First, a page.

Mar 7, 2008

Uisge Beatha: It's Good For the Health of the Earth, too

Thank you University of Aberdeen scientists and Glenfiddich Distillery!!

We know that Uisge Beatha truly is the water of life. Those of us of Scottish descent understand that a dram of whisky is an almost magical elixir, capable of curing illnesses, stopping coughs, healing wounds, and soothing hearts.

And now it appears that some of the fine scientists at Aberdeen have discovered that one of the by-products of whisky making can actually clean up contaminated ground and water. What good news! I shall hope to speak with some of the scientists at the next meeting of the Royal Society (well, I shall have to borrow Oolon's tardis so I might travel forward in time about 120 years, but that is easily enough done. :-)

Please enjoy this article taken from the Telegraph.

The fabled medicinal properties of a wee dram - a glass of scotch whisky - may be more than an old wive's tale.

Glenfiddich donated the by-product from their distilling process for the new technology
Glenfiddich donated the by-product from their distilling process for the new technology

Instead of putting water into the whisky scientists have put a whisky by-product into the water and found it had magical properties.

Residue from Scotland's distilleries is being used in a pioneering method to clean up contaminated ground and polluted water.

Scientists at Aberdeen University have created DRAM - Device for the Remediation and Attenuation of Multiple pollutants - which they claim could revolutionise the cleaning up of old and contaminated industrial sites.

They claim the secret process can remove different types of pollutants including chlorines, heavy metals and pesticides at the same time and is far quicker and more cost effective than current clean up techniques.

Aberdeen University said it was not prepared to specify what the by-product was - other than that it is made from completely natural products - for "commercial reasons".

So far the new technology has been used only in the whisky industry but it could also use other by-products from food and drink production.

Trials have been so successful that the university research team is considering setting up a company to exploit its commercial potential.

Dr Graeme Paton, Professor Ken Killham and Dr Leigh Cassidy believe the process they have developed - where by-products are enhanced and incorporated into a unique patented device - could be licensed to land consultants and other companies involved in the clean up of toxic sites.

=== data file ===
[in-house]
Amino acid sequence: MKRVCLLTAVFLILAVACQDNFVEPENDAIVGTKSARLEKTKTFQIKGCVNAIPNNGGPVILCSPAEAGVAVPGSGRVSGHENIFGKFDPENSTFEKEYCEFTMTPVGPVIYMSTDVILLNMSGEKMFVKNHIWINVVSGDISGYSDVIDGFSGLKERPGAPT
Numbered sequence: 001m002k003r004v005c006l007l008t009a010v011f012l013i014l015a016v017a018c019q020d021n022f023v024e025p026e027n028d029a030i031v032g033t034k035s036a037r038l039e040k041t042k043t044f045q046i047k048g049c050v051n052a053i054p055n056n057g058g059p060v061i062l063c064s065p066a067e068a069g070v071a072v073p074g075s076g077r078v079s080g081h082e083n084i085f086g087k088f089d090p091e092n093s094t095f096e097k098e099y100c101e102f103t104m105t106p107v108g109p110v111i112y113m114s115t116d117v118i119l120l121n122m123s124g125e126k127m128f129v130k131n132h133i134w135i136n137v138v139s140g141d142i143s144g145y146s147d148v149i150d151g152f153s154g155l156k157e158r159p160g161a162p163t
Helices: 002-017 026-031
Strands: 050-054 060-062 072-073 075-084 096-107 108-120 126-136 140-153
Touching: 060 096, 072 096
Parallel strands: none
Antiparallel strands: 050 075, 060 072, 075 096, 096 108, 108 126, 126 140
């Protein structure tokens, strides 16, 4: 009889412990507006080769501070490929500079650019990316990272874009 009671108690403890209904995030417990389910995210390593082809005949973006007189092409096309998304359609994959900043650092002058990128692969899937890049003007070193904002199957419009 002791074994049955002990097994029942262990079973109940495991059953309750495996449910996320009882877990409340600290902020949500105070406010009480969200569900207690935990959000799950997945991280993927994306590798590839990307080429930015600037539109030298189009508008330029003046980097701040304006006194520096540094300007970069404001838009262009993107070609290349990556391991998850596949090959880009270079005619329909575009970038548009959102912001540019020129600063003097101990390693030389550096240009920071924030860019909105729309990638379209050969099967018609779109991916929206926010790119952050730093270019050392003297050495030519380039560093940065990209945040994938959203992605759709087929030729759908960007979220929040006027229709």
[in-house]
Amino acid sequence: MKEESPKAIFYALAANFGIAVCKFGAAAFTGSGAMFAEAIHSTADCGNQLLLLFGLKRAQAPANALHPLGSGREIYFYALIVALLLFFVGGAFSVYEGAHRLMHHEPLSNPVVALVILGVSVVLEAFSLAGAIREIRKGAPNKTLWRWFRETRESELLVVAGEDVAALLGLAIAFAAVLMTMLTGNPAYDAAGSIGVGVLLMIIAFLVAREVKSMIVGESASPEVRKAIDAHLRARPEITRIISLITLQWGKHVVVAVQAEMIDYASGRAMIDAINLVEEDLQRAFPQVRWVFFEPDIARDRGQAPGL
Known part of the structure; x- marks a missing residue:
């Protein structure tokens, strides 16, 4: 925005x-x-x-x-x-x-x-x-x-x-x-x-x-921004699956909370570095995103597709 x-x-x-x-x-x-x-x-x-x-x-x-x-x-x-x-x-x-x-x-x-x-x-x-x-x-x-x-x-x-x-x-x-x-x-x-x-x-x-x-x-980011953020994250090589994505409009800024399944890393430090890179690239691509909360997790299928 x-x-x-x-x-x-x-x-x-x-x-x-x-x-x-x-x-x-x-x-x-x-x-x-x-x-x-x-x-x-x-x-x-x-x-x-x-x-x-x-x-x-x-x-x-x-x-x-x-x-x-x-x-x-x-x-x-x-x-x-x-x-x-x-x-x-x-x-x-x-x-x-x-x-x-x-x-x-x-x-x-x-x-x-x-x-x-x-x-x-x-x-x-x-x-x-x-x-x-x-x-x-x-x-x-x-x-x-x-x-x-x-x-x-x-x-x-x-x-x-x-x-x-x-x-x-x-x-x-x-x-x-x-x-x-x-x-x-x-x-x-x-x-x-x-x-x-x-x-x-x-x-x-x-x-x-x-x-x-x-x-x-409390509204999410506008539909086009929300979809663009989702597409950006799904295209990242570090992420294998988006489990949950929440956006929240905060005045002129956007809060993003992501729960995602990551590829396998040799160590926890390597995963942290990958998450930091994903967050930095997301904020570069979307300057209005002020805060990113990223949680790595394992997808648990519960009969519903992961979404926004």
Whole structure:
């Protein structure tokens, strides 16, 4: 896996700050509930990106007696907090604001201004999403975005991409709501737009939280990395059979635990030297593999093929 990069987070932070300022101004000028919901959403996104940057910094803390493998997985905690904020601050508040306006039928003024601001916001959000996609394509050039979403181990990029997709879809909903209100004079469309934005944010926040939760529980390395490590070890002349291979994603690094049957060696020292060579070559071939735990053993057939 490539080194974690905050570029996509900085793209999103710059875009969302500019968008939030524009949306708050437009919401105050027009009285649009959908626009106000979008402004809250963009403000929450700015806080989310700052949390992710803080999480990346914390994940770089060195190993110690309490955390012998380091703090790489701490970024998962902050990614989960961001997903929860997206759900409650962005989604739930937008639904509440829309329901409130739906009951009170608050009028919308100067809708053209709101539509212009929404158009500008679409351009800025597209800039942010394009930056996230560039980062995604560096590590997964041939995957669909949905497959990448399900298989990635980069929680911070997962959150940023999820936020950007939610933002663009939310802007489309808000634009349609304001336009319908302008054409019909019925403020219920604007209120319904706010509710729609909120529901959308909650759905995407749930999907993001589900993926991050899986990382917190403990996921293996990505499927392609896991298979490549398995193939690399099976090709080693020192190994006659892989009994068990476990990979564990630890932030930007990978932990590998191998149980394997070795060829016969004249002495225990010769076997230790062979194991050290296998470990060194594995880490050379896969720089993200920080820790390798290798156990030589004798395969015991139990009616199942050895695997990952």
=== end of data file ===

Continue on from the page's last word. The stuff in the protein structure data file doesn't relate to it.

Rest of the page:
Scottish Enterprise provided almost £300,000 of funding into the research and the world famous Glenfiddich distillery on Speyside donated the by-product for use in the novel technology.

Dr Paton, a leading soil toxicologist, said: "DRAM is a groundbreaking technology created and progressed at the University of Aberdeen.

"Currently we are using the by-product of Scotland's most famous export but our technology can utilise other by-products from the food and beverage industry.

"The clean up of contaminated groundwater is an absolutely massive global market. The technology that we have developed is environmentally friendly, sustainable and has the potential to put Scotland at the forefront for remediation technologies. It is not just the deployment that is novel but also the underpinning technology to predict the success.

There are an estimated 330,000 contaminated sites in the UK mainly former industrial land blighted by pollutants that have seeped into the land and about £1.2bn is spent every year cleaning them up.

But the team believe their clean-up discovery could also find big markets in India and Asia.

Professor Ken Killham, Professor of Soil Science at the University and a leading authority on the assessment and remediation of contaminated land, said: "There is an urgent need to develop and apply sustainable technologies and to couple these to proven approaches.

"We should not just think about the remediation of high value land in expanding residential areas but also those forgotten sites that constitute most of the UK contaminated land bank."

Dr Leigh Cassidy, Research Fellow, said: "The University of Aberdeen has enabled a unique environment to apply and develop proven scientific techniques with a commercial end-user demand. Close cooperation with institutions and regulators throughout the UK is allowing the genuine application of this technology."